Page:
Of course, it is in Mr. Hamm’s best interests to modestly suggest that market forces alone were responsible for the significant increase in the value of Continental Resources, and that is exactly the approach his lawyers are taking in their efforts to preserve their client’s assets for him, to the exclusion of his wife.

Unfortunately for Ms. Hamm, New York’s journalist “shield law”, enacted in 1970, prevented her from obtaining the documents she requested. New York Supreme Court Justice Donna Mills ruled that Ms. Hamm had not shown she had exhausted other avenues to obtain the material and absent this kind of evidence she could not breach the shield law. She also noted that Ms. Hamm wanted these documents to use them against her husband, either to impeach him in court or show that his position lacked credibility.

The Court accepted Mr. Zuckerman’s argument that the release of this information would turn him into a professional witness, rather than a journalist, a step that would impede his writing career and hs credibility with his journalistic sources.

For now, Ms. Hamm will need to explore alternative routes to obtain the documents, if she is to succeed in her claim to share in a large portion of her husband’s $20 billion dollar estate. I have no doubt that her clever legal team will prevail in this divorce battle.

Lawdiva aka Georgialee Lang

Enraged Husband Attacks Wife in Court After Child Support Order Pronounced

_DSC4851Catherine Gonzalez, age 23, was forced to go to court to get an order that her husband pay child support, an application that is brought routinely in family law courts across North America, when a parent refuses to pay support voluntarily.

Her husband Paul Gonzalez Jr., a former Marine, was enraged when Judge Geoffrey Cohen made the order and stormed out of the Judge’s chambers. But he returned, and attacked his wife, in front of Judge Cohen and her lawyer, pummeling his wife with his fists. Ms. Gonzalez suffered significant injuries including a broken nose, a broken jaw, a torn lip, a concussion, and severe bruises to her face and eyes.

The beating ended with the intervention of Ms. Gonzalez’s lawyer and court bailiffs who confronted Mr. Gonzalez with a stun gun.

The Court threw the book at Mr. Gonzalez, sentencing him to 15 years in prison for the brutal assault on his wife, despite testimony from the a psychologist that he suffered from bi-polar disorder and post-traumatic stress disorder.

Judge Cohen was particularly incensed by Mr. Gonzalez’s attack in a court of law, where participants had every right to feel safe. The sentence he imposed was more than three times Florida’s maximum sentence for aggravated battery.

Earlier, Ms. Gonzalez had sought a restraining order against her husband but couldn’t persuade a judge to make that order.

In courts in British Columbia where counsel are concerned that one of the parties may become violent, a special request is made to ensure that a sheriff is in the courtroom during the hearing.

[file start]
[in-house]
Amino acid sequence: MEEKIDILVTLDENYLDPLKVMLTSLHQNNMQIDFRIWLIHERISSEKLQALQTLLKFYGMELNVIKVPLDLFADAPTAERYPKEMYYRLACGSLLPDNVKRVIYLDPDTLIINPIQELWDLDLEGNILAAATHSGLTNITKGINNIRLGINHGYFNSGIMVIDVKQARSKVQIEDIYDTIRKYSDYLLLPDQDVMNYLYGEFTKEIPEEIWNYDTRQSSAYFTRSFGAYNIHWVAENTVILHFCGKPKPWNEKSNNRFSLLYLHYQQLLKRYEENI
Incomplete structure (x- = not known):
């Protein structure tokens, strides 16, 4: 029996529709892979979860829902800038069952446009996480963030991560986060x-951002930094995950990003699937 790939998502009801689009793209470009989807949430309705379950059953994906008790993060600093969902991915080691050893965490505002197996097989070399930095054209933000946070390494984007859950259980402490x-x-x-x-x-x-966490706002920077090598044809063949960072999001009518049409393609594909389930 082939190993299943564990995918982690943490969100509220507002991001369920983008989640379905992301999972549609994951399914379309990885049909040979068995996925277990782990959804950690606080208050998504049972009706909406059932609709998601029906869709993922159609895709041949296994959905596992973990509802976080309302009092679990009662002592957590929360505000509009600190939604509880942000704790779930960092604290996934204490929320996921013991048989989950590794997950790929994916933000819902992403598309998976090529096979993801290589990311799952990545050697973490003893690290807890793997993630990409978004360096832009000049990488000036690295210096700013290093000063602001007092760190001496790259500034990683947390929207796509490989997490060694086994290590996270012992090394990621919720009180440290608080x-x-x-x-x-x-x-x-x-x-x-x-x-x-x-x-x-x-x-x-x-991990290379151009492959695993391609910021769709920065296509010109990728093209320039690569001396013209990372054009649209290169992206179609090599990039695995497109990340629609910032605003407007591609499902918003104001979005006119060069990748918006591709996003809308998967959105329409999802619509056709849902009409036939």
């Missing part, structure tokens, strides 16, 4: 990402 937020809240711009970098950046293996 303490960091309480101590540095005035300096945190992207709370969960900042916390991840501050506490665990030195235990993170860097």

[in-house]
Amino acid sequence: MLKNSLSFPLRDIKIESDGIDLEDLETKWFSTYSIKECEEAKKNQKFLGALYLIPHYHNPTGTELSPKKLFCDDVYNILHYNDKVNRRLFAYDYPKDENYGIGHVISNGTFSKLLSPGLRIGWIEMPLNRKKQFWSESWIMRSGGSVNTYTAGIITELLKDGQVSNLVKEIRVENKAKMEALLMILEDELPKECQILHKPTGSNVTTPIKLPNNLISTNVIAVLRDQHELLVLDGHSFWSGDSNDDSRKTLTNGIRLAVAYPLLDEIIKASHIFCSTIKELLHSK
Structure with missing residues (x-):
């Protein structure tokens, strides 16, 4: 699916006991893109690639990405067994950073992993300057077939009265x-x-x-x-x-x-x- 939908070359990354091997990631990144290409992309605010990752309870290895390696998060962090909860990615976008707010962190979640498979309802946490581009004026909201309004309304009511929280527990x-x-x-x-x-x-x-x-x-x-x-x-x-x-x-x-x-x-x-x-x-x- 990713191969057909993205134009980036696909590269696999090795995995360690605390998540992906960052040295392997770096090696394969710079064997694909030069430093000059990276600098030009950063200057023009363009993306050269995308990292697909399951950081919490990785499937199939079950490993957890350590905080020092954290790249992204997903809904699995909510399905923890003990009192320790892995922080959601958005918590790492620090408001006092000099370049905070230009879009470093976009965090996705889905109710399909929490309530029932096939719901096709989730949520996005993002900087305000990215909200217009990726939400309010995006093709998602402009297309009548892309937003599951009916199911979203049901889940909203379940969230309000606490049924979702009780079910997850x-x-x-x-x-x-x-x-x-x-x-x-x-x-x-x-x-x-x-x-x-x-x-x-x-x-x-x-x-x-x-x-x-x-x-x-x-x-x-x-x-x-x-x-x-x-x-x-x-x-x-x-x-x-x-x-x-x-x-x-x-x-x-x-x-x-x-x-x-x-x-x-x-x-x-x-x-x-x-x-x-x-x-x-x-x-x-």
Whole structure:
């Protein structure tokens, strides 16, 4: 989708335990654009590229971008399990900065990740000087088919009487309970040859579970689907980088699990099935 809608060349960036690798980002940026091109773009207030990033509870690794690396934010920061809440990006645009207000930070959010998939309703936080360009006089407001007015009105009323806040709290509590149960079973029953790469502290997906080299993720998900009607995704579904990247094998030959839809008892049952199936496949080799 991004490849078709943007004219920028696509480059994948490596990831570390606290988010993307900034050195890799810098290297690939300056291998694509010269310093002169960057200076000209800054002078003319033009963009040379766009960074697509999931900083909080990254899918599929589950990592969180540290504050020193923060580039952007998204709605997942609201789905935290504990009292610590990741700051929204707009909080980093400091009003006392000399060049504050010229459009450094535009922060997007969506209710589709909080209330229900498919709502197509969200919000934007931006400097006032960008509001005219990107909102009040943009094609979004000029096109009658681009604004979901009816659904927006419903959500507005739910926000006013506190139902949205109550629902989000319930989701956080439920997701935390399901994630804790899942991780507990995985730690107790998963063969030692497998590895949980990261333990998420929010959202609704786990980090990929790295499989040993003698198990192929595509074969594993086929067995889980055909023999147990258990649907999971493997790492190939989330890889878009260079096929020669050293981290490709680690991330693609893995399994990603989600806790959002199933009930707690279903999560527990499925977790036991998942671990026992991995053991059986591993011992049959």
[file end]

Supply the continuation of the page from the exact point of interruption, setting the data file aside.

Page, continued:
It is a shame that Ms. Gonzalez’s fear of her husband’s threatening behavior was not taken seriously, by anyone

Lawdiva aka Georgialee Lang

Why Family Law Lawyers Will Always Bill By the Hour

GEO CASUALI read a piece in the Huffington Post this week written by Jim Halfens of Divorce Hotel, who argued that it was about time that divorce lawyers charged a fixed fee for the legal work they perform, instead of sticking to the “old way” of hourly billing.

It will never happen and for good reason! If Mr. Halfen knew the frailties of the family court system and the opportunities for abuse and delay, he would understand. But let me paint you a picture of regular occurrences in the practice of family law;

A client asks you to draw up a comprehensive separation agreement or prenuptial agreement, which without complications will cost in the range of $3,000. The problem is that often clients will request the agreement, expend the funds, all without having any idea whether their spouse will agree or sign the agreement.

Of course, it is an utter waste of time to present an agreement to your spouse, the terms of which have never been discussed with him or her. My practice is to warn clients that they may be wasting money, if they haven’t bothered to determine if their spouse is “on side”.

Once the client believes their spouse will cooperate, it is a “go” for the agreement and usually clients want to know exactly how much it will cost and want you to guarantee that fee estimate.

But it can’t be done….because every agreement and spouse is different and you can never rely on a client’s advice that their situation is straight forward. For example, it is commonplace to ask your client to provide you with a list of all their assets, their estimated values, and also their debts and the amounts owing. You also need the same information from their partner.

Of course, you can’t forget to request their recent personal and corporate tax returns, and in the case of companies, the financial statements as well. While the client may imagine their financial situation is simple, usually it is not, particularly where there are more sophisticated assets, like trusts, annuities and off-shore assets. But you don’t know any of that until you receive all the documents and my experience is that you never get everything you need or it trickles in over a lengthy period of time.